These Terms shall be governed by and construed in accordance with the laws of England and Wales and you irrevocably submit to the exclusive jurisdiction of the courts of England and Wales to settle any dispute which may arise out of or in connection with these Terms. If you live outside the United Kingdom, English law shall apply only to the extent that English law shall not deprive you of any legal protection accorded in accordance with the law of the place where you are habitually resident ("Local Law"). In the event English law deprives you of any legal protection which is accorded to you under Local Law, then these terms shall be governed by Local Law and any dispute or claim arising out of or in connection with these Terms shall be subject to the non-exclusive jurisdiction of the courts where you are habitually resident.

You may print and keep a copy of these Terms, which form the entire agreement between you and Mondaq and supersede any other communications or advertising in respect of the Service and/or the Website.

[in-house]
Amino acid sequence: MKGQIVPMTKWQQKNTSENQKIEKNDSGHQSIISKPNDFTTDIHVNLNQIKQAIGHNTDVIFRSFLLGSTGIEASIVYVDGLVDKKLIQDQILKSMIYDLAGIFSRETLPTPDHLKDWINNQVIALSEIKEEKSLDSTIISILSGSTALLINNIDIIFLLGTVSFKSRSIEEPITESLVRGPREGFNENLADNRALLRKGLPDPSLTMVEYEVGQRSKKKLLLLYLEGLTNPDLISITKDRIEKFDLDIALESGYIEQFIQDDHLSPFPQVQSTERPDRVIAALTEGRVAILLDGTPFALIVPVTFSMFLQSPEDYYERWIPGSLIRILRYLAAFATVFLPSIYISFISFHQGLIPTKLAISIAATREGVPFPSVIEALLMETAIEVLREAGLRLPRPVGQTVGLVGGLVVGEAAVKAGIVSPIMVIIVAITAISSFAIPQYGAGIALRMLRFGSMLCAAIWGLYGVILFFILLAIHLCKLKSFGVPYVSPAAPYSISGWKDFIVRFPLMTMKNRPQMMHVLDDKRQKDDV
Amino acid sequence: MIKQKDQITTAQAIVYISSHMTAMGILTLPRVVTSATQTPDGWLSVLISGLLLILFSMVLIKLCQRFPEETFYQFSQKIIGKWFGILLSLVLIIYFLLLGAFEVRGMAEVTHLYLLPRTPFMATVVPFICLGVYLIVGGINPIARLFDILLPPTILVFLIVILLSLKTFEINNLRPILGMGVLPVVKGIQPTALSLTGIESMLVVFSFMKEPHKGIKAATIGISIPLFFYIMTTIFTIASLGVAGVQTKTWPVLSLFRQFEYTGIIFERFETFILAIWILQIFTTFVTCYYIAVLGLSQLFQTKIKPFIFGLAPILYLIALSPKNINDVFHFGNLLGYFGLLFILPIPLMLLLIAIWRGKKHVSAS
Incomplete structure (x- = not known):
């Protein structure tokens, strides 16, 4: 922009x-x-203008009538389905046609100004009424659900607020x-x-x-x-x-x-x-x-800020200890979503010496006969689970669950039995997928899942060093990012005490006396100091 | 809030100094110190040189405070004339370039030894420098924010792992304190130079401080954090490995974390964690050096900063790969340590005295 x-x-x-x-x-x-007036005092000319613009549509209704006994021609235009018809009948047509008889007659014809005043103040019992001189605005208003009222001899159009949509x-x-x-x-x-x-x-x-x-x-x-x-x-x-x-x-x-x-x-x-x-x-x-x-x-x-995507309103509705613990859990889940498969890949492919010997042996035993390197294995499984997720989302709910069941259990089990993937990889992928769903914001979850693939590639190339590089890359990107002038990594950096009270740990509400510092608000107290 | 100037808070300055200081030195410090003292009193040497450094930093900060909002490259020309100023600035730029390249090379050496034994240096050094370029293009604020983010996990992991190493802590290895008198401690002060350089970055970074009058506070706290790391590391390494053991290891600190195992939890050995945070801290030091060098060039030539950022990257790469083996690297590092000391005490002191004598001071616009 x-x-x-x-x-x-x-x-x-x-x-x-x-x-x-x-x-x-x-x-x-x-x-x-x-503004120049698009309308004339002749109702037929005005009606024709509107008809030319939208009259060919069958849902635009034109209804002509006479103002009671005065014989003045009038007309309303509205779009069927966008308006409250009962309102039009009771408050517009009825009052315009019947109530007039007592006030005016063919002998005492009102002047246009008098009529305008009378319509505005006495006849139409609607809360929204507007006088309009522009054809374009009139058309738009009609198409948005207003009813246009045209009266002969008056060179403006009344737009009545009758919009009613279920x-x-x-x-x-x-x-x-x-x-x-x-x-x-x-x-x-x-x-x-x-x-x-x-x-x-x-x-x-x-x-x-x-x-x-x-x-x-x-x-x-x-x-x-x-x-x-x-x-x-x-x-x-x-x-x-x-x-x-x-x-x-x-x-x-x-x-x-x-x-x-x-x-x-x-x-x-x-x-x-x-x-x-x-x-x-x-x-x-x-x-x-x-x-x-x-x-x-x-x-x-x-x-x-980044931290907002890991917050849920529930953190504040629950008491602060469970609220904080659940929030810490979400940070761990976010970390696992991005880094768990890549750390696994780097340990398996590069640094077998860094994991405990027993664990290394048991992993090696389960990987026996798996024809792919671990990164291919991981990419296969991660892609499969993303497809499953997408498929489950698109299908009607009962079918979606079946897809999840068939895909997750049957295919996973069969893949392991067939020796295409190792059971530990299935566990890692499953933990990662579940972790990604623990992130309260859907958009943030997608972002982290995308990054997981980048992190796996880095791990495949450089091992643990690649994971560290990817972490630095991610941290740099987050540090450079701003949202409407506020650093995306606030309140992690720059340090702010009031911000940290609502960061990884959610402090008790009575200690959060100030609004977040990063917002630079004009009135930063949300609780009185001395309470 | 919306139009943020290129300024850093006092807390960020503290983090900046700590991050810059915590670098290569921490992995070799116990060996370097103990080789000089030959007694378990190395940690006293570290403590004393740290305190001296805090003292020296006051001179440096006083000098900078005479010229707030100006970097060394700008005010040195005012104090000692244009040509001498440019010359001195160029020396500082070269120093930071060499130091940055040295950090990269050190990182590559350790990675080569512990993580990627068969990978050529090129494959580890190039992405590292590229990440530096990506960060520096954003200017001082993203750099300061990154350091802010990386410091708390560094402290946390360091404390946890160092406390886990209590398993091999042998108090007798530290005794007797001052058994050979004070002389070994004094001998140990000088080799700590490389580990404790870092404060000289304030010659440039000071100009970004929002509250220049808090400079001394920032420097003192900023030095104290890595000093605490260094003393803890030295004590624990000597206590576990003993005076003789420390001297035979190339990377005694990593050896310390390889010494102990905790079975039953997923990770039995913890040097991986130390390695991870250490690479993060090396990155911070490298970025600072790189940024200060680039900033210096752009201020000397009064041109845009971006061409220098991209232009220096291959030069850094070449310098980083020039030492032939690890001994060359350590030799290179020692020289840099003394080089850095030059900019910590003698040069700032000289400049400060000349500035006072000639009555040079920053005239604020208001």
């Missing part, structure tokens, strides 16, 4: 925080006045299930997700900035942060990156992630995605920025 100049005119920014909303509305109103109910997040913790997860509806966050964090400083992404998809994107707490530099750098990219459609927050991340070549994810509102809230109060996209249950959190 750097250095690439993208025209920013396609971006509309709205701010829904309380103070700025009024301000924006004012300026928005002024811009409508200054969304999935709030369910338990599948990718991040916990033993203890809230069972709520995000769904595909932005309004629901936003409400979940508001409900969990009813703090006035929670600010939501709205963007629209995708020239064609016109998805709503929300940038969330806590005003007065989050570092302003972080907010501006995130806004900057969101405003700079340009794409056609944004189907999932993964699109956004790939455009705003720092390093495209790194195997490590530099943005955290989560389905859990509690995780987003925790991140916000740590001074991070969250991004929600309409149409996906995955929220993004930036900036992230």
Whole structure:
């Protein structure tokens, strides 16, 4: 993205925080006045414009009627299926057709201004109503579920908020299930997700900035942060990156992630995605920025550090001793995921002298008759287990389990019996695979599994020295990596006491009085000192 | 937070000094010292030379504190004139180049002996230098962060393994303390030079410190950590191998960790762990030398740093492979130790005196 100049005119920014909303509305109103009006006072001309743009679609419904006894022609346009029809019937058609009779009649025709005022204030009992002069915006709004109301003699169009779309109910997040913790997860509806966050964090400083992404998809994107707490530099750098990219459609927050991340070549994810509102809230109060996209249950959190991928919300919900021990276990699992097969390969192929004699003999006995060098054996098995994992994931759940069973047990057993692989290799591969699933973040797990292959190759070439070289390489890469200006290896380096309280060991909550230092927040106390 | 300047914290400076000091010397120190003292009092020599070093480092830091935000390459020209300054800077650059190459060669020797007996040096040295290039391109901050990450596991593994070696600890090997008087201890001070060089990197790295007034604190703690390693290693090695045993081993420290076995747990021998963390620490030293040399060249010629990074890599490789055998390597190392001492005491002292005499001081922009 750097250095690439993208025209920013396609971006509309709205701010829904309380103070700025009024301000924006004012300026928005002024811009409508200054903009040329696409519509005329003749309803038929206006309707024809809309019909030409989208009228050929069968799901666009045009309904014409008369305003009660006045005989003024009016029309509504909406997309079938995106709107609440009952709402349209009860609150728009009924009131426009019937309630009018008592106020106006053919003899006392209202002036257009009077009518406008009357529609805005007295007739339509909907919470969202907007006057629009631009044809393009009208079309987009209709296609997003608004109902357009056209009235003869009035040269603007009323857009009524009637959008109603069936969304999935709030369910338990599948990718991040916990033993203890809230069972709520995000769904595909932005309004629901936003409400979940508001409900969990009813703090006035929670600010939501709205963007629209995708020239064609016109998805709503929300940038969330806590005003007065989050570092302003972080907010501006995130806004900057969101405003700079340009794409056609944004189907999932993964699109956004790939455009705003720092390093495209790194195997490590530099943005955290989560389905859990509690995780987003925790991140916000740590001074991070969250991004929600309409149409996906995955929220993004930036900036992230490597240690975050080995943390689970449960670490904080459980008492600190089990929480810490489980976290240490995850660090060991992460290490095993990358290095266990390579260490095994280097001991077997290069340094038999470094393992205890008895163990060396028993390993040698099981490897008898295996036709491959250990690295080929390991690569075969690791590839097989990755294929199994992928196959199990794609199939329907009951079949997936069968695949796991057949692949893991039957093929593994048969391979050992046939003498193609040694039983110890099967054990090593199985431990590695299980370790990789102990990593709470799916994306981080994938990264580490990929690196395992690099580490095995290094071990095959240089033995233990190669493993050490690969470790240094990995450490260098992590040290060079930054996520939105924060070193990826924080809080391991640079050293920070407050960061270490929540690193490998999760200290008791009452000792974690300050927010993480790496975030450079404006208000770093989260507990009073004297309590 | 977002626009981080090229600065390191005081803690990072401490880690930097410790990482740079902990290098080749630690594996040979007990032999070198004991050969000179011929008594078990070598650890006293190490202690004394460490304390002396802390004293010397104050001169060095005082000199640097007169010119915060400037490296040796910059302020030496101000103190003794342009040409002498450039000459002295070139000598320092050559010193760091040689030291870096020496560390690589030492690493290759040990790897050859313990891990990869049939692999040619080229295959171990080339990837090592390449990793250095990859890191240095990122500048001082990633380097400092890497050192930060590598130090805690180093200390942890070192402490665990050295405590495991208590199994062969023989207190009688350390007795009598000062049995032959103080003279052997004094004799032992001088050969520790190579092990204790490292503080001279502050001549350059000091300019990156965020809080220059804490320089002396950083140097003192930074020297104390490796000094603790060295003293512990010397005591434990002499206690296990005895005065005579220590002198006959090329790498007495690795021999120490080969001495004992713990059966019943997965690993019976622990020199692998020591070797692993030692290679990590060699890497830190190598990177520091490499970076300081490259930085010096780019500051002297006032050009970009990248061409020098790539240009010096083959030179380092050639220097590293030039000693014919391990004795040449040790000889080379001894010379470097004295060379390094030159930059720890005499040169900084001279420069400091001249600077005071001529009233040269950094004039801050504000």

No delay in exercising or non-exercise by you and/or Mondaq of any of its rights under or in connection with these Terms shall operate as a waiver or release of each of your or Mondaq’s right. Rather, any such waiver or release must be specifically granted in writing signed by the party granting it.

If any part of these Terms is held unenforceable, that part shall be enforced to the maximum extent permissible so as to give effect to the intent of the parties, and the Terms shall continue in full force and effect.

Mondaq shall not incur any liability to you on account of any loss or damage resulting from any delay or failure to perform all or any part of these Terms if such delay or failure is caused, in whole or in part, by events, occurrences, or causes beyond the control of Mondaq. Such events, occurrences or causes will include, without limitation, acts of God, strikes, lockouts, server and network failure, riots, acts of war, earthquakes, fire and explosions.

By clicking Register you state you have read and agree to our Terms and Conditions